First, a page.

We know that many kids eat too much sugar, and that this can be [link id=’50893′ text=’bad for your kids’ teeth’ esc_html=’false’], increasing the risk of [link id=’50201′ text=’cavities’ esc_html=’false’] and [link id=’50198′ text=’gum disease’ esc_html=’false’]. We also know that consuming too much sugar can lead to health risks like obesity and diabetes. However, a new study has shown that the negative impact for consuming too much sugar goes beyond teeth and even overall health risks. Instead, consuming too much sugar has been linked to kids’ behavioral problems, including bullying, fighting, alcohol, and drug use.
A Huge International Database
Although the study was performed by researchers at Bar Ilan University in Israel, the data comes from a study conducted by the University of St. Andrews and the World Health Organization in 2013-14. The study looks at children from 25 European countries and Canada, and focuses on kids age 11, 13, or 15.
The study looked at different kinds of sugar consumption, as well as numerous behavior problems. Researchers say that there were “strong and consistent” relationships between high levels of sugar consumption and behavior problems, including engaging in individual behaviors like fighting, bullying, alcohol use, cigarette use, or drunkenness, and their risk of engaging in multiple such behaviors
The research revealed that high sugar consumption was linked to the risk of both the individual behaviors and to the risk of engaging in multiple bad behaviors. Children who consumed high levels of sugar were almost 90% more likely to smoke, 72% more likely to drink alcohol, and 69% more likely to be a bully. In addition they were more than twice as likely to get into physical fights.
The association was independent of other factors, like a child’s socioeconomic status, and their psychological well-being.
Not All Sugars Are Created Equal
Although all sugar did have an association with elevated risk of behavior problems, the sugars weren’t all associated equally with the bad behaviors. Sugary drinks had the strongest association with bad behavior, much stronger than the link between chocolates and other candies.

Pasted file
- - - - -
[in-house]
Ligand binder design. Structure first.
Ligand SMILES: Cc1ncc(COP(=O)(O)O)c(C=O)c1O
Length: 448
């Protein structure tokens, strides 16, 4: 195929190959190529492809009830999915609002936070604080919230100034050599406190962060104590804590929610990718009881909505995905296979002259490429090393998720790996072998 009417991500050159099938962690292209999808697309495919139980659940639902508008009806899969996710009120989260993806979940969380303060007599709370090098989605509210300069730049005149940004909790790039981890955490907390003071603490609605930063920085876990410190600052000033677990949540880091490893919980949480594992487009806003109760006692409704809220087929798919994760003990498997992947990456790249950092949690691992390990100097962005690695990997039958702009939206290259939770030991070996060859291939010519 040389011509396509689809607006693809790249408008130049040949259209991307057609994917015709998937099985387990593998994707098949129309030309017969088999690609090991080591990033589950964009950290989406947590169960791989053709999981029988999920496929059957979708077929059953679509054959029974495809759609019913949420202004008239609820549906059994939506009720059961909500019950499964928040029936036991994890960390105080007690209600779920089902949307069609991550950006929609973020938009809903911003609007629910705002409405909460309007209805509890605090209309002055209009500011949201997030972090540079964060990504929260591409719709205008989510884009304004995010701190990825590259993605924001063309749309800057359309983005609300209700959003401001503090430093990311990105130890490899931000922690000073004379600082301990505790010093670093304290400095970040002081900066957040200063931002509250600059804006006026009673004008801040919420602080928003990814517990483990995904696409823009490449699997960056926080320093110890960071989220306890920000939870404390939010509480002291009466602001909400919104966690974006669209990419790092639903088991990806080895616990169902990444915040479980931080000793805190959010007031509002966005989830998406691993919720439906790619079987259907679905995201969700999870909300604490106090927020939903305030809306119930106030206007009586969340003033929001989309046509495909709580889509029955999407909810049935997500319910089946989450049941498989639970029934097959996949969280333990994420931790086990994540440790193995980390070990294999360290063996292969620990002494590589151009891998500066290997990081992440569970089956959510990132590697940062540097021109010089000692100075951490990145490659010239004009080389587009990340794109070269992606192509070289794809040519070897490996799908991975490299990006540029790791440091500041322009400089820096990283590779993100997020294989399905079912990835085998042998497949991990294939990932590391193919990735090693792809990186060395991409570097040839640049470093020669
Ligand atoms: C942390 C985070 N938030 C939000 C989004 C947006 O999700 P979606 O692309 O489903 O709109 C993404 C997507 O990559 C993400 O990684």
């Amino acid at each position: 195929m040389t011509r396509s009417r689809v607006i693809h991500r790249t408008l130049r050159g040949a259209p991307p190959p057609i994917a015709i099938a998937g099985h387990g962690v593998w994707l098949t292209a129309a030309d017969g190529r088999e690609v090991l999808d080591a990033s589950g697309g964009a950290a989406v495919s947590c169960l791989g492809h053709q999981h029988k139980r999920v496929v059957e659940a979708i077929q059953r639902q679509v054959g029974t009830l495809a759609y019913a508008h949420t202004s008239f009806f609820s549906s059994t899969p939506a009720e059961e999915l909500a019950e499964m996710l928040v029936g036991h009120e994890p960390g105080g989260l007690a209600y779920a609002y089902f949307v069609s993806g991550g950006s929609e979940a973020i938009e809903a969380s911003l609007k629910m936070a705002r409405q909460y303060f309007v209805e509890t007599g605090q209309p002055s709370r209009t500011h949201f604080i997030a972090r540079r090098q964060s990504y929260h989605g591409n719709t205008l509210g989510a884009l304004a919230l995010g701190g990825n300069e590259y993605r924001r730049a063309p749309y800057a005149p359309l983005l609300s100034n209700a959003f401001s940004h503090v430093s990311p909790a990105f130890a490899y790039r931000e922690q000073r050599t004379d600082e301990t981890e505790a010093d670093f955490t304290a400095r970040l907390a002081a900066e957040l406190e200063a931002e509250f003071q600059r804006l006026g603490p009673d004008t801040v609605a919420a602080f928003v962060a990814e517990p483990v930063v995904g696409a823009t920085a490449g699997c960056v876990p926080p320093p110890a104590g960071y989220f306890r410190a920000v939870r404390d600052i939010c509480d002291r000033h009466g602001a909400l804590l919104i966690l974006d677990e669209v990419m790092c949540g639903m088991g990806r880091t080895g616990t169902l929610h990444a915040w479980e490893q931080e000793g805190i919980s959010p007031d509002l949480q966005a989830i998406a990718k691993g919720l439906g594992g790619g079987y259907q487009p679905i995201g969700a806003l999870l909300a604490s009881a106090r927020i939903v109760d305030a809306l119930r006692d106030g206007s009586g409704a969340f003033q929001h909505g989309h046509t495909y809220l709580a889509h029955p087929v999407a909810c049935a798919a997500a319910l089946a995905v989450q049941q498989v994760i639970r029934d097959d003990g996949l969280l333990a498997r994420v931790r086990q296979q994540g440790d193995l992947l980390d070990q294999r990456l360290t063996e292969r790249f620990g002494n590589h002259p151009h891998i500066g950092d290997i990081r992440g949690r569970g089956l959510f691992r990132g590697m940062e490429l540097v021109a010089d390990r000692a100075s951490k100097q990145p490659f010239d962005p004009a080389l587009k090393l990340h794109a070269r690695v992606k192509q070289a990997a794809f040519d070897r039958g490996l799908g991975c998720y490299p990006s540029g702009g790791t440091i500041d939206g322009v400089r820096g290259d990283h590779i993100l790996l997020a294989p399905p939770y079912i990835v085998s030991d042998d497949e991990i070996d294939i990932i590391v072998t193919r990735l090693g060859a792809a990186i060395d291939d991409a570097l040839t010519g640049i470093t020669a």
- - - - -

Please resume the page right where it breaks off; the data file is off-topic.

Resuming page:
Researchers speculated that the stronger association might be due to the presence of caffeine in sugary drinks like soda and energy drinks.
Another Good Reason to Cut Down on Sugar
This study gives us another good reason why we should cut down on our kids’ high levels of sugar consumption. It’s especially a good idea to cut down on the consumption of sugary drinks, which are not just full of sugar, they are also highly acidic. The acid from these drinks can badly erode children’s teeth, causing permanent damage.
It’s not easy, but here are five steps recommended to get control of kids’ sugar consumption:
- Target sugary drinks first–this is the biggest danger, so it makes sense to target it first. It’s also the easiest to take out at home–there are easy substitutions. But remember, fruit juice can be as bad as soda.
- Pack snacks at home–this will help kids (and you) avoid the temptation to pick up sugary snacks and drinks from vending machines.
- Portion control is a good place to start. Instead of cutting out sugar completely, try reducing portions so kids eat less sugar but still get treats.
- Cook at home more often. Processed foods and especially [link id=’50526′ text=’fast foods’ esc_html=’false’] contain a surprising amount of sugar, even if the foods are more savory than sweet.
Doing this will help you get your kids’ sugar consumption under control. Some research suggests that you may see some benefits in as few as 10 days.
Find a Health Partner for Your Whole Family
Cutting sugar consumption is a great way to improve the oral health of your entire family. But it’s also important to have a partner to protect and restore your oral health. You can schedule [link id=’50196′ text=’checkups’ esc_html=’false’] for the entire family.
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